House registrations have gone up across the country. With work-from-home becoming a norm for many of us, there is a temptation to buy a large property, so that you have a spacious home-office a well. But can you even afford a house now?
Work-from-home not permanent
Though the housing market looks attractive, for those moving cities, it may not make sense to buy a property now. “Many young professionals migrate to different cities in search of better opportunities. If you buy a house in a hurry and then migrate to another city, then you may have to bear both the EMI of the owned house and rent payable in the city where you live,” says Suresh Sadagopan, founder of Ladder 7 Financial Advisories.
Buying a large house at a low price in a remote location just because working from home is the norm, may not be a good idea, either. If your employer reopens and insists on coming back to office, then it may not be a wise decision. “Though relatively low housing prices and interest rates call for buying a house for self-consumption, a careful analysis is required. See if the house offers required amenities, space, infrastructure and connectivity to your office. Only then should you go for it,” says Pankaj Mathpal, Founder and Managing Director, Optima Money Managers.
The expenses associated with payment of stamp duty, registrations, brokerage, legal and processing fee of loans, moving into the house are sunk costs and can be prohibitive if you do not hold the property for the long term.
Stability of income
The disruption caused by the COVID-19 pandemic has impacted the job market. Layoffs and salary cuts were seen across sectors. In the initial phase, the reduction in workforce was caused by lockdowns. However, many of these jobs may never come back, as companies adopt newer technologies and ways of working.
“Less stability in income earned through employment is going to be the biggest risk buyers need to keep in mind, if they intend to take a home loan,” says Suresh.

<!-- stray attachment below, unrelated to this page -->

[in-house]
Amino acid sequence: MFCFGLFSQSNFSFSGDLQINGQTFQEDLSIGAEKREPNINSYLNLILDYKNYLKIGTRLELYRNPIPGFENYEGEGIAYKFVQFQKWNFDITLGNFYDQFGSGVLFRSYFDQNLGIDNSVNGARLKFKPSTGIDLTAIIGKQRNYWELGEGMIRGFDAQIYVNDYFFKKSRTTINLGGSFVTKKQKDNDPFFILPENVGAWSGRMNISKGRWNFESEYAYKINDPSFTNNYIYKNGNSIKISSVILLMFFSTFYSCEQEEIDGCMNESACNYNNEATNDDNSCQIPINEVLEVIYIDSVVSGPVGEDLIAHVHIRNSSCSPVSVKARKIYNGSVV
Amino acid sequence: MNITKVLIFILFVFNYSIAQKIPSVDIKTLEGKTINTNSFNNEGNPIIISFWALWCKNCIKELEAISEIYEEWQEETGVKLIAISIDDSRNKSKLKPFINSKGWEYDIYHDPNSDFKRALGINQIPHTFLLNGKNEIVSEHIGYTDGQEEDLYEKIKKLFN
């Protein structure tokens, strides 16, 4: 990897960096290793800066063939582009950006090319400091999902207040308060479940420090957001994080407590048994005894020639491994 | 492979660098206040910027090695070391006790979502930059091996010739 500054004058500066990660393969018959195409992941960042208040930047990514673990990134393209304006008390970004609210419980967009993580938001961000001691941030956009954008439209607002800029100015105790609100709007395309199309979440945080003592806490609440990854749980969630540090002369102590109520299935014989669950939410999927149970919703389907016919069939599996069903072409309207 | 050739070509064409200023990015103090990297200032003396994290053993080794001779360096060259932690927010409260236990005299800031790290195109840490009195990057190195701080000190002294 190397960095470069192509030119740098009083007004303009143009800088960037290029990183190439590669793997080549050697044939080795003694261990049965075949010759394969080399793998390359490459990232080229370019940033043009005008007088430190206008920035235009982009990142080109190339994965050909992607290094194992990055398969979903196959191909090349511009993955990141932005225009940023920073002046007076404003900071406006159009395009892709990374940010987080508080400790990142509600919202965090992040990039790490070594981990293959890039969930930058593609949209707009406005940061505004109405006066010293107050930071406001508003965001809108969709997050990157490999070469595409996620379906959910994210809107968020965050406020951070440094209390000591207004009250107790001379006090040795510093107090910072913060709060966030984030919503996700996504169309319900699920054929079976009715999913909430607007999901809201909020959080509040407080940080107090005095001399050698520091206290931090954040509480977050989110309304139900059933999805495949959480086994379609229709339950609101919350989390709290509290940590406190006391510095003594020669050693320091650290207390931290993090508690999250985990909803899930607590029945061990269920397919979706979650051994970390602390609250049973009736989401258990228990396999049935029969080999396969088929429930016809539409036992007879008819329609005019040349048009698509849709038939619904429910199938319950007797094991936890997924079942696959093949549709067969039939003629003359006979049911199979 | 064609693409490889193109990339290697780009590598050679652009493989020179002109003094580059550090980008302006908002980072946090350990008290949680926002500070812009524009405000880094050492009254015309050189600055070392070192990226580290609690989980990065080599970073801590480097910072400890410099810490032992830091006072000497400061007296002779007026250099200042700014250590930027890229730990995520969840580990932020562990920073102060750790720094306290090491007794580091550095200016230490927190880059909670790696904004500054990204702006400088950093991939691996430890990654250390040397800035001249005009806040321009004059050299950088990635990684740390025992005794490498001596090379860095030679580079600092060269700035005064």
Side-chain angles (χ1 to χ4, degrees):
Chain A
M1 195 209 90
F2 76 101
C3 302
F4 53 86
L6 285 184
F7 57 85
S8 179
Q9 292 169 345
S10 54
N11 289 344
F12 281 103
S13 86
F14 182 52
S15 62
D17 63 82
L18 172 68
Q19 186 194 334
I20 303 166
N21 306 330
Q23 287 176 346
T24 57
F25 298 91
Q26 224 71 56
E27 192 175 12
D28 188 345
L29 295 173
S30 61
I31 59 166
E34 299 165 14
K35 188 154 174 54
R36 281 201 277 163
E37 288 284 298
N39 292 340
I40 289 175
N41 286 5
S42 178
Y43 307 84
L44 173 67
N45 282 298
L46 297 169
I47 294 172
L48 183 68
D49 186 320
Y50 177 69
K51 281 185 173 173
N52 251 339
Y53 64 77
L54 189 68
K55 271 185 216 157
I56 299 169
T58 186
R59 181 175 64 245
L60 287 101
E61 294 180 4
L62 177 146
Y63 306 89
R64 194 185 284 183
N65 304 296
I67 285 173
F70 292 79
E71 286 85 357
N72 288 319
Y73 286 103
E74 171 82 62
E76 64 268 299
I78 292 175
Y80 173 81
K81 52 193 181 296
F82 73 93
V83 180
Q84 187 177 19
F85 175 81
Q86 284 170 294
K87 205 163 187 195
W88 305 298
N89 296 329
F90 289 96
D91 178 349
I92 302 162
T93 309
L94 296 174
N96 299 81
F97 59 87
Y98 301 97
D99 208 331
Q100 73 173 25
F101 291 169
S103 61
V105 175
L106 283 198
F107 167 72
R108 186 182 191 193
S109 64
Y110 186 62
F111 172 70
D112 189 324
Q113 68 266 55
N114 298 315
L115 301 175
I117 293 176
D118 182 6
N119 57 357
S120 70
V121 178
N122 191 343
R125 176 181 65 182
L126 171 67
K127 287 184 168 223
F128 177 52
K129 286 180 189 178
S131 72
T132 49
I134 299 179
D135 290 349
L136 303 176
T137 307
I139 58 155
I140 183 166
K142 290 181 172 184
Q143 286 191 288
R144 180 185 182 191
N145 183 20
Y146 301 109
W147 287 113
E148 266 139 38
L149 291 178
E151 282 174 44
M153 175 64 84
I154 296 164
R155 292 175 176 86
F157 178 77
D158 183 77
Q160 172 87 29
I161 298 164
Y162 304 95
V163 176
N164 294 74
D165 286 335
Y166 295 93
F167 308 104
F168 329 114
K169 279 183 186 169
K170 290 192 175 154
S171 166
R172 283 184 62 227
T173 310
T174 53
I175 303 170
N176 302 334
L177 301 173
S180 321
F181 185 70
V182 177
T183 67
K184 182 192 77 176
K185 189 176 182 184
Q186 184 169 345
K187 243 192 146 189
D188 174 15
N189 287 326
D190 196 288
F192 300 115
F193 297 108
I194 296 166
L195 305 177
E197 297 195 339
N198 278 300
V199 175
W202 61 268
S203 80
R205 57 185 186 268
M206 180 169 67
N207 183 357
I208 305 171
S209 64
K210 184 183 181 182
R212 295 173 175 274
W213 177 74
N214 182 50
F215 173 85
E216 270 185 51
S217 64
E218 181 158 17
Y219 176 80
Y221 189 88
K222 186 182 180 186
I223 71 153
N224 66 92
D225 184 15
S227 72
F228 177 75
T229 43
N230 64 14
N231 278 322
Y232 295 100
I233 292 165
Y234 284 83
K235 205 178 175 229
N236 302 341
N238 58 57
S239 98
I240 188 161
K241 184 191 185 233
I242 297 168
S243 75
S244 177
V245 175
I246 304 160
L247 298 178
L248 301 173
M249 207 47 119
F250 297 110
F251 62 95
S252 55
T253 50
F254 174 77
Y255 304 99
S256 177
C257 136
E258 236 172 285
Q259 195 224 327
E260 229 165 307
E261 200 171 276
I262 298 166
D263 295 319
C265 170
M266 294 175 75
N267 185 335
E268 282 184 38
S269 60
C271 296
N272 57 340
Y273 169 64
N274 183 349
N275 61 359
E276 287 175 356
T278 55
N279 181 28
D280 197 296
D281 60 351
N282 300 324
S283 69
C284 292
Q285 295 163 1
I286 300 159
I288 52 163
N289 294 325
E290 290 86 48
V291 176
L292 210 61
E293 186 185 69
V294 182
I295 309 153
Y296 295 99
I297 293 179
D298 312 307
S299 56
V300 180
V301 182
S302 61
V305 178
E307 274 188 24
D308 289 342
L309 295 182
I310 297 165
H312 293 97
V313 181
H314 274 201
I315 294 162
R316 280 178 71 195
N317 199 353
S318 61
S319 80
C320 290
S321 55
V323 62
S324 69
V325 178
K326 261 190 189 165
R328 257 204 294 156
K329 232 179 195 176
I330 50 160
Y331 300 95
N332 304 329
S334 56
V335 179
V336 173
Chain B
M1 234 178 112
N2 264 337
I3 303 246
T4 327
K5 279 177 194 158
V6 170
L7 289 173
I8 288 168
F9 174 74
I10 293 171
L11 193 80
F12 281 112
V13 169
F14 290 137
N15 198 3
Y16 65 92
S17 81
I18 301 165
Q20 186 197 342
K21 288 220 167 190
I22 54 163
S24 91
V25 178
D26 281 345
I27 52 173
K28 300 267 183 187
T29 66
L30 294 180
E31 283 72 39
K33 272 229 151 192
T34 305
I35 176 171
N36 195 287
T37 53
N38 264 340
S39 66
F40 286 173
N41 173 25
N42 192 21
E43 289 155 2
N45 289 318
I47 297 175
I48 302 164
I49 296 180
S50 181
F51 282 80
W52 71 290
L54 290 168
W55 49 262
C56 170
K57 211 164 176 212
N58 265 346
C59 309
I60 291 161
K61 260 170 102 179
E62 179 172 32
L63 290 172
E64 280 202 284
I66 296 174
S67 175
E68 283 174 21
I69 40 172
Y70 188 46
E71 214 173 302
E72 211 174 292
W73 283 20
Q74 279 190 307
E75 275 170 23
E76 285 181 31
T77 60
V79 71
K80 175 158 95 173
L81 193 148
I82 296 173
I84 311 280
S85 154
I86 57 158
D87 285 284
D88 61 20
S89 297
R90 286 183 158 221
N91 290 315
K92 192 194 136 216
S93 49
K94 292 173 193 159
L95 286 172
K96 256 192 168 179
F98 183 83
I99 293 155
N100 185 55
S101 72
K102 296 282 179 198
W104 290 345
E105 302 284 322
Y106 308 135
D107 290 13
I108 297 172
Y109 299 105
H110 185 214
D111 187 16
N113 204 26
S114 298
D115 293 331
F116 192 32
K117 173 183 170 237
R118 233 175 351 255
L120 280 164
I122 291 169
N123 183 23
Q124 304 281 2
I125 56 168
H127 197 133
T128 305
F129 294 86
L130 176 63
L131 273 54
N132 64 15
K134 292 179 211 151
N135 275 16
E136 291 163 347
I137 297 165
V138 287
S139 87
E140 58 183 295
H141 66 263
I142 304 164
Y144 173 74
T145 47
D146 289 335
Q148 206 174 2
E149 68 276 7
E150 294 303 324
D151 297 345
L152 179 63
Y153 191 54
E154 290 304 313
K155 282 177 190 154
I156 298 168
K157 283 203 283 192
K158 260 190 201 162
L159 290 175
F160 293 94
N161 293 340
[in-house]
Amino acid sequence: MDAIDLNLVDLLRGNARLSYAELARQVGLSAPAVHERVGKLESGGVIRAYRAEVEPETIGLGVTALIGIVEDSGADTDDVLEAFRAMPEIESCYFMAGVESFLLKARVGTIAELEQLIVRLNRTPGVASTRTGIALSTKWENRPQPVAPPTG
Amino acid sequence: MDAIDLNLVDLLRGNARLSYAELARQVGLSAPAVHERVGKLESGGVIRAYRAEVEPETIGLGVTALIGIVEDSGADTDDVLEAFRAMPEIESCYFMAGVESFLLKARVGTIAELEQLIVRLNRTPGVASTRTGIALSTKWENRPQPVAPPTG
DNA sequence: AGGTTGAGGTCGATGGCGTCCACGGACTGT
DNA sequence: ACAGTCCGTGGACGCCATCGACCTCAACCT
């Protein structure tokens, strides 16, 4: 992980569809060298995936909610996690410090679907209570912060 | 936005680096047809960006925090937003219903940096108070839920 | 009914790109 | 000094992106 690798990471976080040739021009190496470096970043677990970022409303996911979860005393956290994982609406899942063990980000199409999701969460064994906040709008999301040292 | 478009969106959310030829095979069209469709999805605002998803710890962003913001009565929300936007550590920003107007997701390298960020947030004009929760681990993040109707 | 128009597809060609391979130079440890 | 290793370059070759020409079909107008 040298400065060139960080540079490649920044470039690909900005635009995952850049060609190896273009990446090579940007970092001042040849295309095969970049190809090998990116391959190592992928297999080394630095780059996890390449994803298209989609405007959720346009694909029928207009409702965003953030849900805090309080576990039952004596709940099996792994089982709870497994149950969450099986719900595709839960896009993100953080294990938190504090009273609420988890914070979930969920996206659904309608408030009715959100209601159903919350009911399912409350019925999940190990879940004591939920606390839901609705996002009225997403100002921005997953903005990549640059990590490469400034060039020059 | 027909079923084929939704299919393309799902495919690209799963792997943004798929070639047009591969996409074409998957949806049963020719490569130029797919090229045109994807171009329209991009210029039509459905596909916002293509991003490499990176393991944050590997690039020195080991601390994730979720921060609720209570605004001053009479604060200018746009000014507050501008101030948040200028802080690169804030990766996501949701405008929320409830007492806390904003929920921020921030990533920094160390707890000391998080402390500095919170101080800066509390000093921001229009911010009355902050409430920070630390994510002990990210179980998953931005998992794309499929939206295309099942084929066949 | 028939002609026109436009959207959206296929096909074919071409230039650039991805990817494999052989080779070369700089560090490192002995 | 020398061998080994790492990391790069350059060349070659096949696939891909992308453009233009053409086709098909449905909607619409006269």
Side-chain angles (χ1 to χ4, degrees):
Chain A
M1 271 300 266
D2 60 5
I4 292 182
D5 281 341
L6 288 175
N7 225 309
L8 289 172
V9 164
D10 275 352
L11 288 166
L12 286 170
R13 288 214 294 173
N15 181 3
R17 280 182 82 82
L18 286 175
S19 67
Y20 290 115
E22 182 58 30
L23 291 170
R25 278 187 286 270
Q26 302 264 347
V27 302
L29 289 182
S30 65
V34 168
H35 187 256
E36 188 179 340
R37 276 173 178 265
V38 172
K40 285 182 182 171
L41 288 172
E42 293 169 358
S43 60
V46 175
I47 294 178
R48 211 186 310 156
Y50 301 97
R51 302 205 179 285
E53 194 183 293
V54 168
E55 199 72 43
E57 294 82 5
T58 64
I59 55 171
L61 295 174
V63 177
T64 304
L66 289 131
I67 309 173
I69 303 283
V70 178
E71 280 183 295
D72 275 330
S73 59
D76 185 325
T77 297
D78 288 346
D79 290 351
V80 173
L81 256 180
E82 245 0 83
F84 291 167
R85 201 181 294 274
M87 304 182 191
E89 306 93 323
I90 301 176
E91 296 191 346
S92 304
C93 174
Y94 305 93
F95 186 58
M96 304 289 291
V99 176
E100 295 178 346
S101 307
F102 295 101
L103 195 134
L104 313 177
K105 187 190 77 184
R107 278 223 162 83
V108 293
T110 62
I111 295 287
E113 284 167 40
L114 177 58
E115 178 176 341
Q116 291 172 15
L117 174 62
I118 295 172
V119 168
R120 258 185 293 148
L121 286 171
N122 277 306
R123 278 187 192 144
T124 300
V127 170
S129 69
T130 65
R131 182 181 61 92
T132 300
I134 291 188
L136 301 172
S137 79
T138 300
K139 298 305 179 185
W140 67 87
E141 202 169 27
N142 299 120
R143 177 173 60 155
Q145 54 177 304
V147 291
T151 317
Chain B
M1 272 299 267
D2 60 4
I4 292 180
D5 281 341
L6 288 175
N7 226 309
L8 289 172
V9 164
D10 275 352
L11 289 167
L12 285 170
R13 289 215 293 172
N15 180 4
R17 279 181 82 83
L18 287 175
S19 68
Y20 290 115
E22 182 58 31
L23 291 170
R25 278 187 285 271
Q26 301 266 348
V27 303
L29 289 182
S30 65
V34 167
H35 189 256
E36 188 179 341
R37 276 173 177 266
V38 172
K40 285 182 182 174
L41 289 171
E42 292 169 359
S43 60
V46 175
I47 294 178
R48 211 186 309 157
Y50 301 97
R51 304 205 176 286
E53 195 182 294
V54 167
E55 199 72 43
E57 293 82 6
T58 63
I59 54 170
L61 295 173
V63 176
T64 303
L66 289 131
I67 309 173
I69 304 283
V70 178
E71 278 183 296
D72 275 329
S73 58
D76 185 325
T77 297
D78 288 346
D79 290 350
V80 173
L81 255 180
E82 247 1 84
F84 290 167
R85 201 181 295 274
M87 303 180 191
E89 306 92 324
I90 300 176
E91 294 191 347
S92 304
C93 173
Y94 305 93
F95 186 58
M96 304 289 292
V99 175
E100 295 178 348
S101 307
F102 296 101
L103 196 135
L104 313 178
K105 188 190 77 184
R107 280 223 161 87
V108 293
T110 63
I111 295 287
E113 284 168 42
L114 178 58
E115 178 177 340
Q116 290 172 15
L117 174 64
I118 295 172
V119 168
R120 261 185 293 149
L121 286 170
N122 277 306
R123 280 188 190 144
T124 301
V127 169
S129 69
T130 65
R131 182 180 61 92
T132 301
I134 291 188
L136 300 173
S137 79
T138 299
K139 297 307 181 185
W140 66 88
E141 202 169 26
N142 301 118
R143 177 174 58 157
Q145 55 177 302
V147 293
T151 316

If your spouse has a relatively stable job, then it may be worth taking the risk.
Emergency funds and other costs
The ‘gig-economy’ has taken roots. “Some of these roles offer relatively better payments for short stints if you have specific skill sets. But there is no job stability or associated benefit,” says Sadagopan. You have to deal with regular EMI on one hand and irregular income on the other. Additionally, you have to pay for costs such as insurance premiums.
You have to rework your entire financial plan if you buy a house by taking a home loan. “Build an emergency fund equivalent to six months’ expenses and EMIs, to cater to any emergencies such as medical issues or job losses,” says Parul Maheshwari, a Certified Financial Planner. If you lose your job or if your income goes down, your EMIs would still need to be paid.
Other financial goals
Vinayak Savanur, Founder and CIO, Sukhanidhi Investment Advisors points out that many home buyers use emergency funds and investments marked for other goals for down payments. “Do not sacrifice your other financial goals. Financial goals such as child’s education and your retirement cannot wait just because you used the money for buying a house,” he says.
Plan your home purchase decision carefully. Using up all your resources for one down payment is too risky, especially in these pandemic times. Savanur says given the low rental yields, it makes little sense to go for a residential property as an investment. However, for self-consumption, a ready-to-move-in property is advisable.
Interest rate risk
Interest rates on home loans are at multi-year lows and negative real yields on good quality bonds make many go for residential properties. However, while taking a home loan, you cannot ignore the risk of rising interest rates. Though experts are of the view that the interest rates may move up gradually despite the rising inflationary environment, they cannot be ignored. “You have to keep some funds in hand or gradually build one to tide over a situation if the rates go up,” says Mathpal. This is especially true for those who take a home loan that is repayable till the age of retirement. The bank generally does not allow repayment period beyond the age of superannuation and the EMI amount goes up or bank calls for some prepayment.
When should you buy a house?
If you can afford the EMIs without compromising too much on your lifestyle, buy a house if you need one. “Ideally, the cost of the house should not be more than three times your annual net take-home salary and the EMI should not be more than 30 percent of the monthly pay,” says Ravindra Deshmukh, Certified Financial Planner, Arthmitra Financial Services. You should ideally pay 25 percent of the house price upfront. Given the high house prices in metro cities, home buyers tend to overlook affordability. But such an attempt can bring in financial instability, as you may not save enough for other goals, he adds.